IPcentral Weblog
  The DACA Blog

Thursday, April 21, 2005

State Spyware Slippery Slope
(previous | next)

As the debate over spyware continues to make waves in Congress, many states are also taking action to curb the incidence of the pernicious software. Yesterday, the Alaska State Senate passed a bill to put a ban on spyware. The Alaska bill, which appears to focus more on the adware aspects of spyware, including pop-up ads, adds a section to the state's current laws on unfair trade and business practices to include spyware. While this law is unlikely to have an adverse impact on the legitimate software market, it reintroduces the question of whether or not states should be legislating on this issue. The spyware issue is one that cannot be reasonably corrected at the federal level, due to its medium, the Internet, and thus its global nature, not to mention the difficulty in tracking spyware purveyors. These factors make it even less likely that state legislation will have a positive impact.

As stated previously in this space, federal legislation on spyware is a cause for alarm, based on the vague definition of spyware and implications such legislation could have on legitimate software and innovation, yet it may prove to be a necessary evil to thwart state legislation from running rampant and hurting interstate commerce as well as innovation in the software industry and the Internet as a whole. The task at hand then becomes choosing the appropriate legislation that will not only maximize positive benefits, but equally as important, limit the potential negative effects of regulation.

posted by Mike Pickford @ 11:10 AM | E-commerce

Share |

Link to this Entry | Printer-Friendly

Post a Comment:

Blog Main
RSS Feed  
Recent Posts
  EFF-PFF Amicus Brief in Schwarzenegger v. EMA Supreme Court Videogame Violence Case
New OECD Study Finds That Improved IPR Protections Benefit Developing Countries
Hubris, Cowardice, File-sharing, and TechDirt
iPhones, DRM, and Doom-Mongers
"Rogue Archivist" Carl Malamud On How to Fix Gov2.0
Coping with Information Overload: Thoughts on Hamlet's BlackBerry by William Powers
How Many Times Has Michael "Dr. Doom" Copps Forecast an Internet Apocalypse?
Google / Verizon Proposal May Be Important Compromise, But Regulatory Trajectory Concerns Many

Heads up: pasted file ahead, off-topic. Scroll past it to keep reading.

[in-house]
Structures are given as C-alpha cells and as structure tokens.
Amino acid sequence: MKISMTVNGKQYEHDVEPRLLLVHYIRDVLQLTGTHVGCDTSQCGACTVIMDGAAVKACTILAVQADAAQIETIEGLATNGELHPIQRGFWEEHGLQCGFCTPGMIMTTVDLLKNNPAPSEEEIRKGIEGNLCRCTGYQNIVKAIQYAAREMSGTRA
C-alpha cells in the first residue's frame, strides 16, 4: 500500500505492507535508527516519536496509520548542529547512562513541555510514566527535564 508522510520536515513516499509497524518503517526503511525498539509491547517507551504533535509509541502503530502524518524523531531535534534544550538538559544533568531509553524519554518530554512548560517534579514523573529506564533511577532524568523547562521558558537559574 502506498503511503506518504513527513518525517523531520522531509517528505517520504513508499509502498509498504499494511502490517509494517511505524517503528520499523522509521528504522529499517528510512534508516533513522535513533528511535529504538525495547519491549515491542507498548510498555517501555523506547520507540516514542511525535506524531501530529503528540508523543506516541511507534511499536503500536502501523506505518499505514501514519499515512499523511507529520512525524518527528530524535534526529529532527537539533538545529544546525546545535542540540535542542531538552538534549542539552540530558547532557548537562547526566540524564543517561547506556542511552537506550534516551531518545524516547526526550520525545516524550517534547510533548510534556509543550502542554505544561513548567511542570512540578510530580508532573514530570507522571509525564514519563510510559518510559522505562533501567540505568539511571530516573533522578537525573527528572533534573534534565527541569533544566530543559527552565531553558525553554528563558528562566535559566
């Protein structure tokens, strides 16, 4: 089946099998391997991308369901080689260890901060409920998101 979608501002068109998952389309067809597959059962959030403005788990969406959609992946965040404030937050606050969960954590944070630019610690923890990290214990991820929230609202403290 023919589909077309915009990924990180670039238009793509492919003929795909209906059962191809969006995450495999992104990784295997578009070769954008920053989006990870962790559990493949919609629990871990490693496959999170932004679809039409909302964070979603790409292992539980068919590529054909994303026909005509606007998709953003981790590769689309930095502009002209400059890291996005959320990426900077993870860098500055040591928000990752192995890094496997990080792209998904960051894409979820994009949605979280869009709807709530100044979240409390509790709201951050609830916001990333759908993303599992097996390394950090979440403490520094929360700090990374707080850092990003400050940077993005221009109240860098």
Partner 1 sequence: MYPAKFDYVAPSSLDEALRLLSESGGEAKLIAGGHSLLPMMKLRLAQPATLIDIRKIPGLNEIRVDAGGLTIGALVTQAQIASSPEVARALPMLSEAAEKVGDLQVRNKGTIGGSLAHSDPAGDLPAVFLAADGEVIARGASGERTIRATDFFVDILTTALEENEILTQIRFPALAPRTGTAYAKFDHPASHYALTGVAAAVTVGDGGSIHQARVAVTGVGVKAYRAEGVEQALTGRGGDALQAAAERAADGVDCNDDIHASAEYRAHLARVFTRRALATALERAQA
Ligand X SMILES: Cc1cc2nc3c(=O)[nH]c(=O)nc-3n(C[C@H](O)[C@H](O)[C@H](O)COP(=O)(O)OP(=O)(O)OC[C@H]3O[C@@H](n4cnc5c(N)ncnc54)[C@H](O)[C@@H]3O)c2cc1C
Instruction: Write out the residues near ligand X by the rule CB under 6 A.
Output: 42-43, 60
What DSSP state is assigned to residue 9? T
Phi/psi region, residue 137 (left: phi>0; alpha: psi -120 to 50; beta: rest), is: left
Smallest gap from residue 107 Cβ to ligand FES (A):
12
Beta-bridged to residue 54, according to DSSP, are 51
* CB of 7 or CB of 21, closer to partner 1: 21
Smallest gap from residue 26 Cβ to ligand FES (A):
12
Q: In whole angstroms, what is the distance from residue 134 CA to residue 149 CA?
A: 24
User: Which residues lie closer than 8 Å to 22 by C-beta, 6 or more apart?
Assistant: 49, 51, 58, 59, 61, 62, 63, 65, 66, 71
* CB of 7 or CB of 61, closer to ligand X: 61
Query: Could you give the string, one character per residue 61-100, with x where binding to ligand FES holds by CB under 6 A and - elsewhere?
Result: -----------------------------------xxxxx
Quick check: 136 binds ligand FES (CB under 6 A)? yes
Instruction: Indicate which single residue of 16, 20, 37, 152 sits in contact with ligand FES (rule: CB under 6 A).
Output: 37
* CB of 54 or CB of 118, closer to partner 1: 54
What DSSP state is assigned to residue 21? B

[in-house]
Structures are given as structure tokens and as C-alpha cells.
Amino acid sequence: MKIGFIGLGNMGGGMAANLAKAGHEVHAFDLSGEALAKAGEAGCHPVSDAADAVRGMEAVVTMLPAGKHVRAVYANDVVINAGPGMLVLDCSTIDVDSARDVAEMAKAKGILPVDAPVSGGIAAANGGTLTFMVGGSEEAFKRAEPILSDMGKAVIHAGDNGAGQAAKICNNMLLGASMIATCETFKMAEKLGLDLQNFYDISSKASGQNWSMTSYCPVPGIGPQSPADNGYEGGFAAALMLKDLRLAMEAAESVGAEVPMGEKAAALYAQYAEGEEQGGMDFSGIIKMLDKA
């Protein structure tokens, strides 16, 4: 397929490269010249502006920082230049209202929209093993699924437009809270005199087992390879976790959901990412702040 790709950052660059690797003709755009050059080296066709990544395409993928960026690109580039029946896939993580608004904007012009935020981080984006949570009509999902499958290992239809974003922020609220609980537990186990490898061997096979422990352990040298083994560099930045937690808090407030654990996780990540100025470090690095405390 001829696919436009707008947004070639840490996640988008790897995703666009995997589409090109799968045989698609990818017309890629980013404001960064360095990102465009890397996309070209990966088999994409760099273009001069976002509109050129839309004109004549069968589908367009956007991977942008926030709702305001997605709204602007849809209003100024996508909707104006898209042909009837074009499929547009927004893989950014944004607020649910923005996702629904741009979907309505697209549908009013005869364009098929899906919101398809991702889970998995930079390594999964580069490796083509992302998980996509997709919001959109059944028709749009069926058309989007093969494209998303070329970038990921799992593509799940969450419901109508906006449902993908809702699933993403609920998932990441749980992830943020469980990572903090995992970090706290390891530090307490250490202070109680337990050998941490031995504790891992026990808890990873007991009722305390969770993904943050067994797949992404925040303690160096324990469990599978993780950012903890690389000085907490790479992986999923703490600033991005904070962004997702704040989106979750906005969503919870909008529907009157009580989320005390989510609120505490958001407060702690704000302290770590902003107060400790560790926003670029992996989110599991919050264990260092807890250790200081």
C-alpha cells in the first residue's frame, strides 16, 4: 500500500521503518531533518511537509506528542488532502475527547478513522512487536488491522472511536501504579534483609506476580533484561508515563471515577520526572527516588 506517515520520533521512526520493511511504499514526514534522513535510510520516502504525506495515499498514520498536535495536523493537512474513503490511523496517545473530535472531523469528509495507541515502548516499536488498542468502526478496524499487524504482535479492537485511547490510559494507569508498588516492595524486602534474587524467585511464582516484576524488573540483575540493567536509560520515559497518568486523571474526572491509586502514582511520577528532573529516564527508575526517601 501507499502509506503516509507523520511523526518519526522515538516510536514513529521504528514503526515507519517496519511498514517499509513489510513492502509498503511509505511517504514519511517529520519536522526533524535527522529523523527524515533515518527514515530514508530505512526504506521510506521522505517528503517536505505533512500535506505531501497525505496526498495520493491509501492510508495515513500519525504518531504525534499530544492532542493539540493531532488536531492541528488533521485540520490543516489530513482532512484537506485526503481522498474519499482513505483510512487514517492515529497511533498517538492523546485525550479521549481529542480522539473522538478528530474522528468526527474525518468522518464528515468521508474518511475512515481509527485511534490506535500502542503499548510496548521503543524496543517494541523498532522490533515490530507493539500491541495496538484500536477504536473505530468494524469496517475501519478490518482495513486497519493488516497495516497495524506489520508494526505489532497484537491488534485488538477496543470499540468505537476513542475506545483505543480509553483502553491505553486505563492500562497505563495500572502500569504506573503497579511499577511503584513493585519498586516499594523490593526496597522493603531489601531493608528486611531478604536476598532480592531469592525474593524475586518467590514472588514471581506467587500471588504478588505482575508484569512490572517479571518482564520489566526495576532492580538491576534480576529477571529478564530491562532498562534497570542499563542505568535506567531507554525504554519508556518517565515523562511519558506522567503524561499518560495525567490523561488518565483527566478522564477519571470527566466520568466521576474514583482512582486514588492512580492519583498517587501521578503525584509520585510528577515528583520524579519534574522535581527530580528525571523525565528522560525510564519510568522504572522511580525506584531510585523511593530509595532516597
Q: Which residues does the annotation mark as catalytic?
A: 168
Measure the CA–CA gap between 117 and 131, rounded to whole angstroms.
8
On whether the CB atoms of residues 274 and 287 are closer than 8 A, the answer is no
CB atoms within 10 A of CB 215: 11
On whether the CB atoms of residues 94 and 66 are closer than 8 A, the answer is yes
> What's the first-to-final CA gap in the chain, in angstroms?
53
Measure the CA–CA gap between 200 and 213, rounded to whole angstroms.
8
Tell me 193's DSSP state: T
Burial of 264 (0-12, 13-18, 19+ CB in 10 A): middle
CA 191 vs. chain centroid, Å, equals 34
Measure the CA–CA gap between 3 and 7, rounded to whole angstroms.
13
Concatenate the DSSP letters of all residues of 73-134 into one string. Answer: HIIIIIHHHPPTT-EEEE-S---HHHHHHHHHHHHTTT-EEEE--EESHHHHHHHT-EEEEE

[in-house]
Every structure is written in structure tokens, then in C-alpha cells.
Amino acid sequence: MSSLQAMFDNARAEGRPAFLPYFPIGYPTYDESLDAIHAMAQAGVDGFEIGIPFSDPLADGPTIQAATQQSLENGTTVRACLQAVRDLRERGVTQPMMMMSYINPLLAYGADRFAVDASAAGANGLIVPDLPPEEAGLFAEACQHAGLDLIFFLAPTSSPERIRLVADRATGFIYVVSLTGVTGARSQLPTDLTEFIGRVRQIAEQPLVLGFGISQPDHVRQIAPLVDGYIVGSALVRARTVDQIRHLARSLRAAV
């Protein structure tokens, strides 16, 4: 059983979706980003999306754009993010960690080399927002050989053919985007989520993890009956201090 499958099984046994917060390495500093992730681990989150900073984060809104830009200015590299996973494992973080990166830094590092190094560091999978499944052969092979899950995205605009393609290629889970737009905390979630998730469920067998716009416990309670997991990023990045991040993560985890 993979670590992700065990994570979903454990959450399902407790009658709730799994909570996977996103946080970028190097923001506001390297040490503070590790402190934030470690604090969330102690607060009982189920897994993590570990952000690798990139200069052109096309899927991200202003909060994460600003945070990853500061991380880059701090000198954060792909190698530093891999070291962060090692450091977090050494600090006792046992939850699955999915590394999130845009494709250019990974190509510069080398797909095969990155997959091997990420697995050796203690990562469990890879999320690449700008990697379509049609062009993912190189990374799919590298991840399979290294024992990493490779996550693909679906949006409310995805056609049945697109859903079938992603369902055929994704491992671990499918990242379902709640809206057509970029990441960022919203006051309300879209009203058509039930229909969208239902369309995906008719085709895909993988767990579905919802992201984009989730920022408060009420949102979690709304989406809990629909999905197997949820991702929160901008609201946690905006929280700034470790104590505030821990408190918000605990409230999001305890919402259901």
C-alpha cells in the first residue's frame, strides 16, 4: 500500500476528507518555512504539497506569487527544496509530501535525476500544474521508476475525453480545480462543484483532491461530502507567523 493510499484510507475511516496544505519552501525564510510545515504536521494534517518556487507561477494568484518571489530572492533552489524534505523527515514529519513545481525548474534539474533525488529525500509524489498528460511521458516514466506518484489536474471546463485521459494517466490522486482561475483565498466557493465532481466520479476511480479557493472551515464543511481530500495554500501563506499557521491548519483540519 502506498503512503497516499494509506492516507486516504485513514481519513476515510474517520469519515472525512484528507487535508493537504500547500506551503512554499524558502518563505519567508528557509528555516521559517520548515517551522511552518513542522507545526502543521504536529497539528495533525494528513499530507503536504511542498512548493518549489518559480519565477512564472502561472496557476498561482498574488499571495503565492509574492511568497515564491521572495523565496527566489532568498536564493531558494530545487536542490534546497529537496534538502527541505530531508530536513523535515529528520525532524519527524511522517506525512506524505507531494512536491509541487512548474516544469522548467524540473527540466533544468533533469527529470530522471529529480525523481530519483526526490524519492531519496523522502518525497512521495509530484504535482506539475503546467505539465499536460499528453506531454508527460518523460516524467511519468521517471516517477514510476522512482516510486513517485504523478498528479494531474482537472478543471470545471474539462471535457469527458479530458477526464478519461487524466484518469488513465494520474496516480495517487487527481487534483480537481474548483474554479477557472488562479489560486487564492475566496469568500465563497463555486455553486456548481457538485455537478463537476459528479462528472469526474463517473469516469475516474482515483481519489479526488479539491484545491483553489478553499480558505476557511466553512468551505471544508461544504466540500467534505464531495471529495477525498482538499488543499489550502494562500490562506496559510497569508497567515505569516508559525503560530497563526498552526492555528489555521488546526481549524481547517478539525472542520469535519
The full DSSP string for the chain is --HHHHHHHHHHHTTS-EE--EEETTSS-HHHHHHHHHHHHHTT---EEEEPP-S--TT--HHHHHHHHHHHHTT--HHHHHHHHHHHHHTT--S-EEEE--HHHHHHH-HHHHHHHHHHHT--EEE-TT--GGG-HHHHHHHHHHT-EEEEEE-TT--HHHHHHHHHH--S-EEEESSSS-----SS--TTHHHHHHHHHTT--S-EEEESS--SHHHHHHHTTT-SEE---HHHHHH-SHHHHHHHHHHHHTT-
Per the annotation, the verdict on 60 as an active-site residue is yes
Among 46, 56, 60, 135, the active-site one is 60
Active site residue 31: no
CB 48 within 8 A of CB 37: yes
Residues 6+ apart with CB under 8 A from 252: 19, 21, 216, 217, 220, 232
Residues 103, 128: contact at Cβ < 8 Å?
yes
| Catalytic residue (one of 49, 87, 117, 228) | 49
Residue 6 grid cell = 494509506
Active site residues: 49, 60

Two Schools of Internet Pessimism
GAO: Wireless Prices Plummeting; Public Knowledge: We Must Regulate!
Archives by Month
  September 2010
August 2010
July 2010
June 2010
  - (see all)
Archives by Topic
  - A La Carte
- Add category
- Advertising & Marketing
- Antitrust & Competition Policy
- Appleplectics
- Books & Book Reviews
- Broadband
- Cable
- Campaign Finance Law
- Capitalism
- Capitol Hill
- China
- Commons
- Communications
- Copyright
- Cutting the Video Cord
- Cyber-Security
- Digital Americas
- Digital Europe
- Digital Europe 2006
- Digital TV
- E-commerce
- e-Government & Transparency
- Economics
- Education
- Electricity
- Energy
- Events
- Exaflood
- Free Speech
- Gambling
- General
- Generic Rant
- Global Innovation
- Googlephobia
- Googlephobia
- Human Capital
- Innovation
- Intermediary Deputization & Section 230
- Internet
- Internet Governance
- Internet TV
- Interoperability
- IP
- Local Franchising
- Mass Media
- Media Regulation
- Monetary Policy
- Municipal Ownership
- Net Neutrality
- Neutrality
- Non-PFF Podcasts
- Ongoing Series
- Online Safety & Parental Controls
- Open Source
- PFF Podcasts
- Philosophy / Cyber-Libertarianism
- Privacy
- Privacy Solutions
- Regulation
- Search
- Security
- Software
- Space
- Spectrum
- Sports
- State Policy
- Supreme Court
- Taxes
- The FCC
- The FTC
- The News Frontier
- Think Tanks
- Trade
- Trademark
- Universal Service
- Video Games & Virtual Worlds
- VoIP
- What We're Reading
- Wireless
- Wireline
Archives by Author
PFF Blogosphere Archives
We welcome comments by email - look for a link to the author's email address in the byline of each post. Please let us know if we may publish your remarks.

The Progress & Freedom Foundation